The impact and result of the interventions will allow us to contribute to:

Creating a greater knowledge of social inclusion and socio-educational support policies for children linked to IMV that genuinely work.

Directing the spending policy of public administrations towards effective interventions which are endorsed by social research, thus contributing to increasing their impact.

Scaling and transferring knowledge of programmes to other territories, partners and administrations to integrate them into public policies against social exclusion, school failure and the poverty of the most vulnerable children and adolescents.

The initiative is the result of a collaboration agreement with the Ministry of Inclusion, Social Security and Migration, through an open call for NextGeneration European funds from the Recovery, Transformation and Resilience Plan. It calls on entities in the third sector of social action, autonomous communities and cities to provide proposals for innovative pilots for the development of agendas for social inclusion and their evaluation in different areas of action, including education. The pilot has been given €12.5 million over a period of 2 years; two thirds will be allocated to direct implementation (€5 million in Catalonia and €3 million in the other regions) and the rest of the budget (€4 million) will be devoted entirely to impact assessment. Other leading social sector entities and organisations such as the Fundació Catalana de l’Esplai, Càritas, Creu Roja and Ayuda en Acción will also lead projects to combat poverty and inequality.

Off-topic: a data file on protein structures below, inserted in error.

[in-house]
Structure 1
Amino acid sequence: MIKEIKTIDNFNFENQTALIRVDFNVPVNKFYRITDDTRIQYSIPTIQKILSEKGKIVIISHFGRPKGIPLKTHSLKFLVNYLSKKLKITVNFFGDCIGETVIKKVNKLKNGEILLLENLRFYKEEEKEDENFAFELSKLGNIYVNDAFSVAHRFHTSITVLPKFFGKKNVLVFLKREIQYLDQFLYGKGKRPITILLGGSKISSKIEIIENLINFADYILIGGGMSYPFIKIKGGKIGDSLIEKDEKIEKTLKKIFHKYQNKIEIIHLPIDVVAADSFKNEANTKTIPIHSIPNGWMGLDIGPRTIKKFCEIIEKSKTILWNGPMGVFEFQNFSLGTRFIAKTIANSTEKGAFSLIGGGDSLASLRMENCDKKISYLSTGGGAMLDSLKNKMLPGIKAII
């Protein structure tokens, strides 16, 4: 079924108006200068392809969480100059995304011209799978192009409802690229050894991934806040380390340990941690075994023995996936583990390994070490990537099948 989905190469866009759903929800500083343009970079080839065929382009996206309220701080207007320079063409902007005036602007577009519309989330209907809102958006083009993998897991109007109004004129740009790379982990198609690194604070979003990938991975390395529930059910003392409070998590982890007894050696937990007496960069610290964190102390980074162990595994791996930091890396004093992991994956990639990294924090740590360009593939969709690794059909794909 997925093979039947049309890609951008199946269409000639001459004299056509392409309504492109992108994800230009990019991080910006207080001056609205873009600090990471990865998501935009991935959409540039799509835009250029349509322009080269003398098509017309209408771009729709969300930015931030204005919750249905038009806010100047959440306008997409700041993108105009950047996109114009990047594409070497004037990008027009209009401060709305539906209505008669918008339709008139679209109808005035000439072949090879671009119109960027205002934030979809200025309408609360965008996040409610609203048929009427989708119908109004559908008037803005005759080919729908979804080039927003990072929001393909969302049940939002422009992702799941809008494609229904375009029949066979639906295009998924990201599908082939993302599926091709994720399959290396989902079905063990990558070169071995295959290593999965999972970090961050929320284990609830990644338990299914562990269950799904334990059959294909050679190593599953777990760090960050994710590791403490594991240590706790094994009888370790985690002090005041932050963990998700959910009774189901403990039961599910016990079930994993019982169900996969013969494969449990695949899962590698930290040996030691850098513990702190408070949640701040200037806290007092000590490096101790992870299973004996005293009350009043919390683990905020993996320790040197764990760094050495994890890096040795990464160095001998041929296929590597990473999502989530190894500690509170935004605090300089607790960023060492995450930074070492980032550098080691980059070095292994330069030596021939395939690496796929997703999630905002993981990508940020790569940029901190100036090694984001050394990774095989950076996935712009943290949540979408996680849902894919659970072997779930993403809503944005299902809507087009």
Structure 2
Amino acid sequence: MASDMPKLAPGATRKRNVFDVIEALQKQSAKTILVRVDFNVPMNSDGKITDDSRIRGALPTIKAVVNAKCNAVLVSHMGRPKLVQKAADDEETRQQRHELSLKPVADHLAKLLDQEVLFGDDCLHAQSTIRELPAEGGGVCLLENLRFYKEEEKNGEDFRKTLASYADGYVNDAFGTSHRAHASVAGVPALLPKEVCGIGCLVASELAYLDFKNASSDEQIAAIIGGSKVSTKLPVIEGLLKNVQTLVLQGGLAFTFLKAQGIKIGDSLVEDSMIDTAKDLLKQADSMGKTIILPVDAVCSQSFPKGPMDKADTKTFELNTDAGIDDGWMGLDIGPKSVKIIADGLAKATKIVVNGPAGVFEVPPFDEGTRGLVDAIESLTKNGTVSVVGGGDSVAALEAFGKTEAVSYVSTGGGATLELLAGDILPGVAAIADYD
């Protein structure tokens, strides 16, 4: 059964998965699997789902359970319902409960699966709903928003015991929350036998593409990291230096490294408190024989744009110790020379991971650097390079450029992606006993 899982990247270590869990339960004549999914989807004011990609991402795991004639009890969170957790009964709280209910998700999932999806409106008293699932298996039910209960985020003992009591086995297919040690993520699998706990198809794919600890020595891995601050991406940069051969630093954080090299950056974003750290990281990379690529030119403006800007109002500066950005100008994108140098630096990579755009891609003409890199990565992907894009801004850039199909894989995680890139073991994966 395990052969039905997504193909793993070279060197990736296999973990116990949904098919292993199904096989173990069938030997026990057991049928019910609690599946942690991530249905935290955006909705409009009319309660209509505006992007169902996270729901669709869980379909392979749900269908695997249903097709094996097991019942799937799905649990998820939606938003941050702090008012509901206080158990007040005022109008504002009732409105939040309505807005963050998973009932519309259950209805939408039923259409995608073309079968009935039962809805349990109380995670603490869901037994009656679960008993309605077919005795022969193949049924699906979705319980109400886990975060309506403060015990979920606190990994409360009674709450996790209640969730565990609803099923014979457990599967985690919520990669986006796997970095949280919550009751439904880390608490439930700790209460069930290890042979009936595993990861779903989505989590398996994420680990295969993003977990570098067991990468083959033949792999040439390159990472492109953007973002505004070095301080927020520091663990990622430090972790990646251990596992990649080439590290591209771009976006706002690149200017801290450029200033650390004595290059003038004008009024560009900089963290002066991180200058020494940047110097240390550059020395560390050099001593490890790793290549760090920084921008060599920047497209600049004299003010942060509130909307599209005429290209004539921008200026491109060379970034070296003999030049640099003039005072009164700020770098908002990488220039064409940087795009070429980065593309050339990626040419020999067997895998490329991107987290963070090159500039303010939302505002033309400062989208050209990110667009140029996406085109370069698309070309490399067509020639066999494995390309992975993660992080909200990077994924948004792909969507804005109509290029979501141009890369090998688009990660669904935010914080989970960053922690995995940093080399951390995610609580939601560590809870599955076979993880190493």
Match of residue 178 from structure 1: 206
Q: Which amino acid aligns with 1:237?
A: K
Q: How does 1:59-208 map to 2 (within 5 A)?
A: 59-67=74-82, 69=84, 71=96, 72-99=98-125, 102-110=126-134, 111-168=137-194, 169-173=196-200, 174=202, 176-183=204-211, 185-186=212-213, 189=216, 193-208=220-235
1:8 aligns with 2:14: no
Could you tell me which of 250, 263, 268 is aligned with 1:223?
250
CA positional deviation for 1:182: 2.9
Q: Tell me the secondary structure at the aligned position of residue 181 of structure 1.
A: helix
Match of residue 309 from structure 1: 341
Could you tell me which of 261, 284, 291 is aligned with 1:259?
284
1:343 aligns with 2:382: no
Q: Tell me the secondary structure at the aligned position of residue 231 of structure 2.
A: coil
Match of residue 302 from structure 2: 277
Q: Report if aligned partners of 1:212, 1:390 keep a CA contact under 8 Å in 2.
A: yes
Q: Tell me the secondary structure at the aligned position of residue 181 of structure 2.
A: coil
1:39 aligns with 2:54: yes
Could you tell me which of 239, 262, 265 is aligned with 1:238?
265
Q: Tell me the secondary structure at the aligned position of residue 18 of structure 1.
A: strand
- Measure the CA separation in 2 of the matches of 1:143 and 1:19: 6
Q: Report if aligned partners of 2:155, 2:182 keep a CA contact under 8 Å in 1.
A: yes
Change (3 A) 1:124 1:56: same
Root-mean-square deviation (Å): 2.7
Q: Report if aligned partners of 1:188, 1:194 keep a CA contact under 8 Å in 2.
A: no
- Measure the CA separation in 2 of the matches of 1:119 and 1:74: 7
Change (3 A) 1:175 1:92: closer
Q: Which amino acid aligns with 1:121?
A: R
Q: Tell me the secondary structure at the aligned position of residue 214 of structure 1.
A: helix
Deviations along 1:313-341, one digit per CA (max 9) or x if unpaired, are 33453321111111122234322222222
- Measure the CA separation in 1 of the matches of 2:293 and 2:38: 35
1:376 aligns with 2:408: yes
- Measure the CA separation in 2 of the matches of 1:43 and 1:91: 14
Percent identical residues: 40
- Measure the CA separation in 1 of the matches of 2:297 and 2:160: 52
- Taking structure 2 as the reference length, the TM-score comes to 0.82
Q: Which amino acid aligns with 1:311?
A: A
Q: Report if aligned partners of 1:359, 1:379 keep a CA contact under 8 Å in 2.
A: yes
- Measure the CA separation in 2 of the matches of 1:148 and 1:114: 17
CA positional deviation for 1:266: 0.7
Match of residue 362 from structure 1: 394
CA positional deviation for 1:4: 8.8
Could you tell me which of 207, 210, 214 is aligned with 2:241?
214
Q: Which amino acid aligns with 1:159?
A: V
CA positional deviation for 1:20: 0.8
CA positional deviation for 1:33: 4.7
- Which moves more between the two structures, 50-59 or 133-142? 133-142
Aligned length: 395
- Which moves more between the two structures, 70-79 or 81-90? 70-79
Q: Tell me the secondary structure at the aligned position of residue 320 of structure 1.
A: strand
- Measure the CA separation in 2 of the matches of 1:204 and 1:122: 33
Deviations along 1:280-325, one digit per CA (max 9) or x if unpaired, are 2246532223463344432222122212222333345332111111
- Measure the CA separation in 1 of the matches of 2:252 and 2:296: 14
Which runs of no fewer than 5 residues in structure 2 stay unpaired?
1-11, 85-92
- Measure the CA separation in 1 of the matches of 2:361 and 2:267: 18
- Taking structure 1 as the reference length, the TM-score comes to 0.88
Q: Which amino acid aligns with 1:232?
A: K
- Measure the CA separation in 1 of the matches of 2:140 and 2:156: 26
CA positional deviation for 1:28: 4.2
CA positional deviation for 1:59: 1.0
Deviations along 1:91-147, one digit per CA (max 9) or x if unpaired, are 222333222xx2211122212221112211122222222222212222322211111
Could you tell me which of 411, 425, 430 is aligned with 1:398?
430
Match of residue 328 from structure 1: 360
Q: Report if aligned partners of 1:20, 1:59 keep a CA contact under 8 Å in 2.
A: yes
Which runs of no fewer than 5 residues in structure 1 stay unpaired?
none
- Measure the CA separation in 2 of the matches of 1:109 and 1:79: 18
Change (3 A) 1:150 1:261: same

Mentoring and tutoring to combat loss of learning

Combating poverty and educational inequality requires evidence-based interventions aimed at the most disadvantaged students, as various countries around us have done.

In the wake of the pandemic and amid widespread school disruptions around the world, intensive tutoring and mentoring programmes have emerged as a solution to combat COVID-19-related learning loss or learning loss suffered over the summer, in various different countries. It is mostly carried out through catch-up programmes in core competencies aimed at disadvantaged students, and specifically designed to improve academic performance in reading and mathematics.